Web Resources for CS3650
Final exam: Dec. 19:
The registrar listed our final exam at:
8:00 am - 10:00 am (online), Wednesday, Dec. 16, 2020
The final exam is open book, open notes, open online texts (ostep.org, xv6), but otherwise closed Internet.
NOTE for Fall, 2020:
This web page is for the section of Prof. Cooperman, only.
Specially for this semester,
I have included a statistics web page linking to
Coronavirus cases and deaths for Northeastern U., Massachusetts,
the United States, and around the world.
The office hours are as stated on the syllabus
(Mon. and Thurs., 2:00 - 3:15; for Fall, 2020),
and by appointment.
Here are some immediate resources in the course for doing homework, following
the readings, etc.
- Course home:
- The course materials will always be available either from this web page or
from the course directory on the Khoury Linux computers: /course/cs3650/.
- The course is based on Linux (the third of the three popular
operating systems). If you do not yet have a Khoury Linux account, get one.
If you are not fluent in the basics of Linux/UNIX,
please go to any of the good tutorials on the Web.
Personally, I like:
*** this Linux tutorial *** (from M. Stonebank,
U. of Surrey, England), or this
*** updated one
for Linux/bash *** (by C. Tothill)
Other useful tips on Linux:
- Productivity tip: In most settings: the four cursor keys work
(for editing the current or previous commands);
and the <TAB> key works (for auto-completion of filenames and commands).
- If you're using Apple (the second most popular operating system), the
terminal window provides you with a UNIX-like environment.
- If you're using Windows (the most popular operating system), you can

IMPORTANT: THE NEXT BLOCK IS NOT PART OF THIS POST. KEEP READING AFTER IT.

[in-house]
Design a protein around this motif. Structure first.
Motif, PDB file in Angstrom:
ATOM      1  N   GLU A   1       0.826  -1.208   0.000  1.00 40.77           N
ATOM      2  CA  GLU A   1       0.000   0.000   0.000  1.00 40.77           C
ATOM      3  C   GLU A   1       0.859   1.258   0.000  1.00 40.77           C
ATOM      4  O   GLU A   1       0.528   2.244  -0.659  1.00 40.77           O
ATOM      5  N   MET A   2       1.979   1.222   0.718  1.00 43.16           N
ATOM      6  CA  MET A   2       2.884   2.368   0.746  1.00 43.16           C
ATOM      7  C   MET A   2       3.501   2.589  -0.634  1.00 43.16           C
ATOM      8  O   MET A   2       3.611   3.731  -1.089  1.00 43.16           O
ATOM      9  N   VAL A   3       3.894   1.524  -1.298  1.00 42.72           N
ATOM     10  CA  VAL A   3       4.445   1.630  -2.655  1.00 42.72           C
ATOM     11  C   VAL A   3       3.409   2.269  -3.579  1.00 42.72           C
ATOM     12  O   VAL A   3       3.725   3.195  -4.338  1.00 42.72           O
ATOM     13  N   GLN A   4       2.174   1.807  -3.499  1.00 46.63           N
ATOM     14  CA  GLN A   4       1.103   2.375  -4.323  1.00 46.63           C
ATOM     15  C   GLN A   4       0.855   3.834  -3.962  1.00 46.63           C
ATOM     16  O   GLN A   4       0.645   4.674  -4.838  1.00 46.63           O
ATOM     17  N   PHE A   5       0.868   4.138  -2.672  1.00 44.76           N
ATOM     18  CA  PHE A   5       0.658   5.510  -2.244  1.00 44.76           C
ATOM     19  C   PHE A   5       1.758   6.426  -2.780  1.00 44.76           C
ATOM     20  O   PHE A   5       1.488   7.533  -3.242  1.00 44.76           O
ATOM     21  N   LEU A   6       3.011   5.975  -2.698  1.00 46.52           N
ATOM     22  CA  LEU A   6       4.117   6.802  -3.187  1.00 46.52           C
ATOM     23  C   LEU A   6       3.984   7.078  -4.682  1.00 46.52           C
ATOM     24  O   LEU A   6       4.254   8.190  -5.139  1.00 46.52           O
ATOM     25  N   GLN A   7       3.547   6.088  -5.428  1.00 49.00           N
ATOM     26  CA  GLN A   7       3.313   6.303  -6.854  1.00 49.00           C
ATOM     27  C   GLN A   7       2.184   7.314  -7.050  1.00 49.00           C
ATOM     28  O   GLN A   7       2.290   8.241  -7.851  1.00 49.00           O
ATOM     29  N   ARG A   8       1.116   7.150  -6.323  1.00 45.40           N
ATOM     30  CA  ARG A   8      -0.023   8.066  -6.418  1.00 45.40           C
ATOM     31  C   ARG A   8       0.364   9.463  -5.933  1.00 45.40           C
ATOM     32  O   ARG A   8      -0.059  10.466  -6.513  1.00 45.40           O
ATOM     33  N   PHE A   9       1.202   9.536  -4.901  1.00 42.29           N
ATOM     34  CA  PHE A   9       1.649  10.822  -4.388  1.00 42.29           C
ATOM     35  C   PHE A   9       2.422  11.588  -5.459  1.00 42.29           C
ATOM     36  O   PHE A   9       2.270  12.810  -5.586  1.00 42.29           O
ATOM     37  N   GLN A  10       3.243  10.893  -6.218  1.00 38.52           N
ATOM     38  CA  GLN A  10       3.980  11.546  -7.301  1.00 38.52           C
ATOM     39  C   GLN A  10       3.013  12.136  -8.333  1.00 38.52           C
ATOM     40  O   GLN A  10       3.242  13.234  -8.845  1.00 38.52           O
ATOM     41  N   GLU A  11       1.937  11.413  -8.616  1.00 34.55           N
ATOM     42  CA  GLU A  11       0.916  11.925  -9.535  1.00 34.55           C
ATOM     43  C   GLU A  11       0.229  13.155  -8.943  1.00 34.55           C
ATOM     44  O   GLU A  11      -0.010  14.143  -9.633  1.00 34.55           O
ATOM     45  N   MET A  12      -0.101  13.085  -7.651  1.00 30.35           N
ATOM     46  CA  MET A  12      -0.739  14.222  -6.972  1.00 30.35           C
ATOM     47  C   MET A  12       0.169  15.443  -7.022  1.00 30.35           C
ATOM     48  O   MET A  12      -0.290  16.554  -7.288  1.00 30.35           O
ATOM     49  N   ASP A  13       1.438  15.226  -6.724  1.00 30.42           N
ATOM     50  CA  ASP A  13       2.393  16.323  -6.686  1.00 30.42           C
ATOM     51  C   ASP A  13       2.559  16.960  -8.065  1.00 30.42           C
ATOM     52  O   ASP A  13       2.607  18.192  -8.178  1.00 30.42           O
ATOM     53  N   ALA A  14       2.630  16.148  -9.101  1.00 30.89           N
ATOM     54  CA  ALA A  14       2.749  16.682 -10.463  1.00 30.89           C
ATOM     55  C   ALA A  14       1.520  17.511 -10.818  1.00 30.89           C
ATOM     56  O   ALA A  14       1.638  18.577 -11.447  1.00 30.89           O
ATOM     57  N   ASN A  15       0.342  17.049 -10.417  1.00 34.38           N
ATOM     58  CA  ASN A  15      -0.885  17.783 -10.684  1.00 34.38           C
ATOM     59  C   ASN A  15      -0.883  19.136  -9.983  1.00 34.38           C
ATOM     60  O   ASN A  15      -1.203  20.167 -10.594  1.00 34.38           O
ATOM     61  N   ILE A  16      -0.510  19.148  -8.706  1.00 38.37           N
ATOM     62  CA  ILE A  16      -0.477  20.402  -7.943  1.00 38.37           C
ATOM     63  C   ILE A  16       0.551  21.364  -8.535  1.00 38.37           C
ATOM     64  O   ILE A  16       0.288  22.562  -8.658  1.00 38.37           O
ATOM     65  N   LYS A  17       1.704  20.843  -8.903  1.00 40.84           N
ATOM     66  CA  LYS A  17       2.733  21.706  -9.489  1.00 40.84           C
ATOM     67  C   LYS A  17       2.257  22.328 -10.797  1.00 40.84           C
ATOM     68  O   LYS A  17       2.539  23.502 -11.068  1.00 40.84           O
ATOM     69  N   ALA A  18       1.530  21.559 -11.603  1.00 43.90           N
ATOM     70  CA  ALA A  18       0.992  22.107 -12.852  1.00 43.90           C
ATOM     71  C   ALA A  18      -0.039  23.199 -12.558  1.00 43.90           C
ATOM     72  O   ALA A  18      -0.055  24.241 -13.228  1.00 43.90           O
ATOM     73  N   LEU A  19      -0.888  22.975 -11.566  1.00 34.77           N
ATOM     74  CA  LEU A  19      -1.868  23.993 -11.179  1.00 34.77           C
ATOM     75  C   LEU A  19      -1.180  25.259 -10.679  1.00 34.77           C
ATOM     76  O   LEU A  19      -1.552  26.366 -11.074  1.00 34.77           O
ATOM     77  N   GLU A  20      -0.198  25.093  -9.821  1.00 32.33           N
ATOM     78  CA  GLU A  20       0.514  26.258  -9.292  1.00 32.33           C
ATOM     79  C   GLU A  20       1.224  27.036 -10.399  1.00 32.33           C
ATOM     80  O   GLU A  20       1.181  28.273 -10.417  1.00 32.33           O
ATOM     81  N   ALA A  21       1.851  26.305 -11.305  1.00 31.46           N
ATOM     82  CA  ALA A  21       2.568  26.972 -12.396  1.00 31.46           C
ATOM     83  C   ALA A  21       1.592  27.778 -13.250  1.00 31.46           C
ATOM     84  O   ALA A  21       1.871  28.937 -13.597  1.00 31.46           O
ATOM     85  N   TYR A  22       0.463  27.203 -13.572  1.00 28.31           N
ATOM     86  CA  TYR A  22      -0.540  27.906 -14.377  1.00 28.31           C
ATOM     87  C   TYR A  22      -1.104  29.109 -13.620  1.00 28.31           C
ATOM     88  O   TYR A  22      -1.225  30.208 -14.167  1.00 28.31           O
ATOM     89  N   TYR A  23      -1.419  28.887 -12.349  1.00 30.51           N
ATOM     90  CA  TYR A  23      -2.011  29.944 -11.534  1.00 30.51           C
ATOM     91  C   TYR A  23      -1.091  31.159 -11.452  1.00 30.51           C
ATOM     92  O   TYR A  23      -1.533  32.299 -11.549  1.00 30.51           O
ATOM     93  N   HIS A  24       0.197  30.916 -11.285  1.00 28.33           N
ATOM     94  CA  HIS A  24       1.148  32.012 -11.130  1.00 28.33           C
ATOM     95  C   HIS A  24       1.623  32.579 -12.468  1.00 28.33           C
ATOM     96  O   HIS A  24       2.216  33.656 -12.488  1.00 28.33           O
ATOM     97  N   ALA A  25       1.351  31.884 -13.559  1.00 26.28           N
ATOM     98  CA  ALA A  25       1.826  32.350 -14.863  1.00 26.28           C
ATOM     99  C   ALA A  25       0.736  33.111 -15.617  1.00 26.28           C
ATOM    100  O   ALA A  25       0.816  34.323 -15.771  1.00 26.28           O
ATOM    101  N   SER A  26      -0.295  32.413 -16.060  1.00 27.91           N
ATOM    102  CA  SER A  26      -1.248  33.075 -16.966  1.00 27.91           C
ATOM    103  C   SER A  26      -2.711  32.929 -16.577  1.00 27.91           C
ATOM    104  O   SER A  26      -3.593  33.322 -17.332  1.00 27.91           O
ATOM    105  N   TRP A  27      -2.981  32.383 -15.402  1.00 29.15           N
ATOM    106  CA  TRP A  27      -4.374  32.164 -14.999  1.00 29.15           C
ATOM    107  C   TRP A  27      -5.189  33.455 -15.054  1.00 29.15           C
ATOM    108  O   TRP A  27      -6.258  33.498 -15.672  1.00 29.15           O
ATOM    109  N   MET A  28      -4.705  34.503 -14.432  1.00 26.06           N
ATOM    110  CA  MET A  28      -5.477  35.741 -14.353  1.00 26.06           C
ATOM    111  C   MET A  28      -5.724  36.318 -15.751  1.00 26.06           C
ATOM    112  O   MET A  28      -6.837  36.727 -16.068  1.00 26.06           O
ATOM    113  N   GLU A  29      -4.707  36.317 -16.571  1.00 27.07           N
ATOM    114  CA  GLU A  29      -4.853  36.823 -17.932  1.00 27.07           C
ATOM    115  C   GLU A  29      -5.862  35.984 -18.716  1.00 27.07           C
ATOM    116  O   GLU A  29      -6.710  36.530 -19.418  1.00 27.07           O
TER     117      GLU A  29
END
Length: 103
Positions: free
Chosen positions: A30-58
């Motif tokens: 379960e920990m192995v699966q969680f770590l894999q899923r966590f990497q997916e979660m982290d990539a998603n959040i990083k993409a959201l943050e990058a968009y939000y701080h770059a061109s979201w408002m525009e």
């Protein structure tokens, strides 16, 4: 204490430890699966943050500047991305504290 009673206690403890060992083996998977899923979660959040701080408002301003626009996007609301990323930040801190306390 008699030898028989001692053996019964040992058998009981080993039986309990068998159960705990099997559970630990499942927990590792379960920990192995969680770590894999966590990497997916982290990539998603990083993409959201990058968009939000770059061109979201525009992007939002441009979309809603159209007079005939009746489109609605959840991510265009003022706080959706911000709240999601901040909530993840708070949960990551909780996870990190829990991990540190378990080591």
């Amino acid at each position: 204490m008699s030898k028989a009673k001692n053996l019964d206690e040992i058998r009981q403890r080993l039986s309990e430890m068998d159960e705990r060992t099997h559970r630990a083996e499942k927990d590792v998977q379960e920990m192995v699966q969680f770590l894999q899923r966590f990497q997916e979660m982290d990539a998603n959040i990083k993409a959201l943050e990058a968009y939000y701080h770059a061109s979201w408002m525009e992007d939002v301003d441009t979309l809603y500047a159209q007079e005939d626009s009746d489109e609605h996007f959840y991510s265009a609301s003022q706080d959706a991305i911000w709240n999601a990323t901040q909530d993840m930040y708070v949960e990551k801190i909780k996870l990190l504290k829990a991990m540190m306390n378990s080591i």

install WSL2 (Windows Subsytem for Linux, version 2).
This gives you a Linux virtual machine side-by-side with Windows.
If you are unsure of which Linux distribution to use, Ubuntu is
a common first choice for those unfamiliar with Linux.
(When I followed the instructions for WSL2, I got
Error 0x1bc and I fixed it by downloading
the MSI package listed here. I then needed to enter "Windows
Features" in the search bar, and then select "Windows Hypervisor
Platform", and then go back to following the Microsoft
Windows instructions. Some people may also need to
turn on virtualization in their BIOS. After entering BIOS,
examine all options in all tabs with the letter 'v'. For me,
the option was "AMD SVM".)
(Another option is Ubuntu
Multipass, which requires VirtualBox, not necessarily
with WSLs's use of Hyper-V. And here is a good
article on installing the full Linux desktop for WSL2.
However, once WSL2 grabs RAM for the desktop, it seems to not want
to give it back to the rest of Windows. So, you'll want to
limit RAM for WSL2 as in the guide.)
- But if you insist on not using WSL2, then please try
(substitute for 'ssh') and
- Regardless of whether you are using Linux, Apple, or Windows/WSL2
on your laptop, practice using
ssh USERNAME@login.ccs.neu.edu and
scp myfile.txt USERNAME@login.ccs.neu.edu:
(and notice the final colon with the 'scp' command line).
For help, try:
man ssh and
- The syllabus
contains the required readings in the textbook. It's available
from the link or from /course/cs3650/ (the course directory)
on Khoury Linux computers.
- The homework subdirectory
of the course directory contains all course homework,
and the course directory contains all handouts.
- Help directory:
- The course directory includes a help directory.
There are two older reviews of UNIX there.
But please consider this
excellent modern introduction to UNIX by M. Stonebank.
with updates to Linux/bash by C. Tothill)
- Linux editors:
- Please also note the directory for
UNIX (Linux) editors.
On Khoury Linux, try:
cd /course/cs3650/unix-editors. The editor vi
is a popular choice. To learn vi (estimated time: one hour),
login to Khoury Linux and do:
and follow the on-screen instructions.
- MIPS assembly language:
- The assembly portion of the course will be based on MIPS.
You can find the textbook's
"Green Card" online. You can find a manual for MIPS as
Appendix A in the textbook or else
Appendix A online. The latter requires your Khoury Linux password.
Read this, and re-read it.
The course will also heavily use the MIPS simulator.
- C language:
- We will briefly review the C language (the core of Java, but including
primitive types, only). For a more extensive overview of C, consider
a good, free
on-line C book by Mike Banahan, Declan Brady and Mark Doran.
- GDB debugger, gcc compiler, etc.: